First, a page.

(Original Photo By: Aron Altmark of Visual Endeavors)

“These events are more than just a stage and some music. These events are where people meet and have experiences and I think the important part is just making something that everyone walks away from with awesome memories with the people around them. That’s really the only part that I care about. Just everybody having a good time and being able to see and do things that they never thought they would be able to.”

If you were to ask anyone that is deeply connected to the electronic dance music community what events mean to them, chances are you would get a pretty similar answer. So much of the dance music culture revolves around the idea that it is more than just the music that makes it such a special experience to have. This quote, however, comes from the incredibly talented VJ, Ian Alvarez. As a video jockey, and co-owner of the event production company, OneEleven that eventually led to the rise of Kaleidoscope Music Festival, Alvarez has worked tirelessly throughout his career on creating some of the most amazing experiences ravers and festival-goers could ever hope for.

Growing up, Ian had aspirations to do something that involved creative construction. Among the long list of careers he considered: architect, engineer, pilot, were top contenders. To say that Alvarez found the perfect mixture of the key components in all those professions would not be a far-fetched idea. However, it wasn’t until he attended a certain event that he shifted his focus to the music industry.

Ian attended Electric Daisy Carnival for the first time in 2008 as a sixteen-year-old. Soon after, he realized that this was something that he needed to make a more permanent part of his life. Like many who wish to become a part of it, he tested out the turntables.

“I had turntables in high school that I bought off of one of my teachers. He ended up teaching me how to DJ in my class, so I started doing house parties and events that were a little bit bigger. Then, after a couple of years I started to think that I wasn’t really the best DJ on the face of this earth, and that I wanted to do more of the promotion and production side of stuff. I didn’t really know how I was going to go about it until a friend of mine showed me this video-mapping software. The type of software that I was using at the time was called Modul8. Right around the same time, a friend of mine was going to school up in Eugene, Oregon and we decided to start an event company up there. I had tried to get some things started in San Diego but there was a really big market and huge companies that were already in place, so it was difficult to get something started. We decided to go to Eugene and go for the college market. We figured that it might be a little bit of an easier place to get started. Once that was going and we made some money, I realized that this was actually a real opportunity and something that we could actually do.”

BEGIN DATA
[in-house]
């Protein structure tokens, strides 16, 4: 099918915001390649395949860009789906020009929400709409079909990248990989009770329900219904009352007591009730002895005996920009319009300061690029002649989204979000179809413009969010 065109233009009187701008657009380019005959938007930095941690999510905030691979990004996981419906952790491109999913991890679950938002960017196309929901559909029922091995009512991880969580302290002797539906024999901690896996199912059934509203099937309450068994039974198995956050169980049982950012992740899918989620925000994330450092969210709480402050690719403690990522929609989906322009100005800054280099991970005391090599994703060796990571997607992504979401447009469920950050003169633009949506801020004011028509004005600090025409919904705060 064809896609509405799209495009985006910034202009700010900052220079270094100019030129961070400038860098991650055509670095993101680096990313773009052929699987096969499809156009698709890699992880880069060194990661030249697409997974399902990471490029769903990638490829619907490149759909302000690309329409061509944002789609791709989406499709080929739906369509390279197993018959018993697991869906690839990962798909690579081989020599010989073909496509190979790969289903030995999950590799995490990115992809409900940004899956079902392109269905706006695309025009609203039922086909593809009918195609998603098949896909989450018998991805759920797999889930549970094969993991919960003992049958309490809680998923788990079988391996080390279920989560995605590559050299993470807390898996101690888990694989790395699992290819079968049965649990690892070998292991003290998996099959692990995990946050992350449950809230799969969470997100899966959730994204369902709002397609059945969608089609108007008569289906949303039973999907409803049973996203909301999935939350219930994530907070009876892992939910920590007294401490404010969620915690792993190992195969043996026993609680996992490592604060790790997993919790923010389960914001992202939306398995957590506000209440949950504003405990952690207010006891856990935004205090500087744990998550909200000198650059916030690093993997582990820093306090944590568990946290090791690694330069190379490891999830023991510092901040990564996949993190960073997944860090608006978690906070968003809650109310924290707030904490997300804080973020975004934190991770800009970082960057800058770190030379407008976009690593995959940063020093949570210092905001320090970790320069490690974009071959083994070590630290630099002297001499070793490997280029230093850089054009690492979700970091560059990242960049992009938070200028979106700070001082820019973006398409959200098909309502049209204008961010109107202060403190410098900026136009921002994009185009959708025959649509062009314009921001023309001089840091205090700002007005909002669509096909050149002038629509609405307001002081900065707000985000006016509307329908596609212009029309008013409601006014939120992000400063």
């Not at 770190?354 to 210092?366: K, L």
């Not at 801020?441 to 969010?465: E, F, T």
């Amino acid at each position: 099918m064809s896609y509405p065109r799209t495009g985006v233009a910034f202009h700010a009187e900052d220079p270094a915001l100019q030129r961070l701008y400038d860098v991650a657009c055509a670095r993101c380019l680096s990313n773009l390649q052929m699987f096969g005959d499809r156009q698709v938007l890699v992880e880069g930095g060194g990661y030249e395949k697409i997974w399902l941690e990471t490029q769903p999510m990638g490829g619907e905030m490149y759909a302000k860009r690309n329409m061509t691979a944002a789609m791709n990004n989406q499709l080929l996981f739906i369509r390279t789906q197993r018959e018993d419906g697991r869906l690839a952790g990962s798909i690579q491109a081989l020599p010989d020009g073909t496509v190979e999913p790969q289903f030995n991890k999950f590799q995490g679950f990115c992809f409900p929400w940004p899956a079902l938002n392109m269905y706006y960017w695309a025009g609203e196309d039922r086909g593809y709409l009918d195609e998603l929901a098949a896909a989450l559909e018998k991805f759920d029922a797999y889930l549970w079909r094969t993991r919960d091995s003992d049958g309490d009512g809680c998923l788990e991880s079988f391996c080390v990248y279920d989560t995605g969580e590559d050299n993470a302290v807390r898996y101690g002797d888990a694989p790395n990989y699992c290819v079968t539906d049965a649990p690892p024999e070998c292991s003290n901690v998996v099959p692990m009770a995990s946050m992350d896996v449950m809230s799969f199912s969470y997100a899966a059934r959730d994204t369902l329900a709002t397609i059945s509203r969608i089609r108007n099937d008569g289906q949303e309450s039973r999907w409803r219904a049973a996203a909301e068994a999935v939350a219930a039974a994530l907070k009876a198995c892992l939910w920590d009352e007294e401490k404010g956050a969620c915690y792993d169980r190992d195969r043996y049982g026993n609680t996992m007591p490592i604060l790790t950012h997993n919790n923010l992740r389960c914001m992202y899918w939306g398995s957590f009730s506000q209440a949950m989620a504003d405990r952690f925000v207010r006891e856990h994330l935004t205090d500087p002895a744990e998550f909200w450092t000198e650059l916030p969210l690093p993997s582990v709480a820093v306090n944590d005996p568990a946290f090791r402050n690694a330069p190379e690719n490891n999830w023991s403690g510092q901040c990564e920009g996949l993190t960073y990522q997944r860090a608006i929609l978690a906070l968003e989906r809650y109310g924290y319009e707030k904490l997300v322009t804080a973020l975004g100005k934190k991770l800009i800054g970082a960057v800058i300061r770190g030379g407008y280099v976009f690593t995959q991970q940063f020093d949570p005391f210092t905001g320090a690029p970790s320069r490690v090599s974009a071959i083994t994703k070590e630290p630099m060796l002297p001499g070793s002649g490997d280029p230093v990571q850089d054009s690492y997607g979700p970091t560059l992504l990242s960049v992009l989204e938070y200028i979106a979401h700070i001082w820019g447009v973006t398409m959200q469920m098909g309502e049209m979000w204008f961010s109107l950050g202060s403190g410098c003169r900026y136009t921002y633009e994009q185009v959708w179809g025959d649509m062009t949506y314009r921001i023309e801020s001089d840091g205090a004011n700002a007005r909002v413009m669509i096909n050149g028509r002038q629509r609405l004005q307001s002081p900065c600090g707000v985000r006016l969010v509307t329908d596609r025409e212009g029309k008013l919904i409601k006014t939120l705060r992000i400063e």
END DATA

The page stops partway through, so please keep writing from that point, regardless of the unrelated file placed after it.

Even with the wheels of his career starting to turn, Alvarez still faced a lot of the obstacles and low points that so many of us run into at one point or another. Whether it was dealing with the hardships of his parents divorce as an only child, things not working out with major projects that he was a part of, or simply the inevitable hardware failures that can sometimes happen at a show, the most important thing was to keep going and not let it get in the way of the big picture. Things may not always go according to plan, but as he says, that’s just the nature of the business.

“With advice, there are a couple of things. First of all, don’t get so hung up on a specific position. Like I said before, I wanted to start off as a DJ. I would just say to take the opportunities as they come and if you get an opportunity to do something, it may not be exactly what you want— but it can still get your foot in the door. That could end up being, later on down the road, what you want to do. But just take the opportunities as they come to you.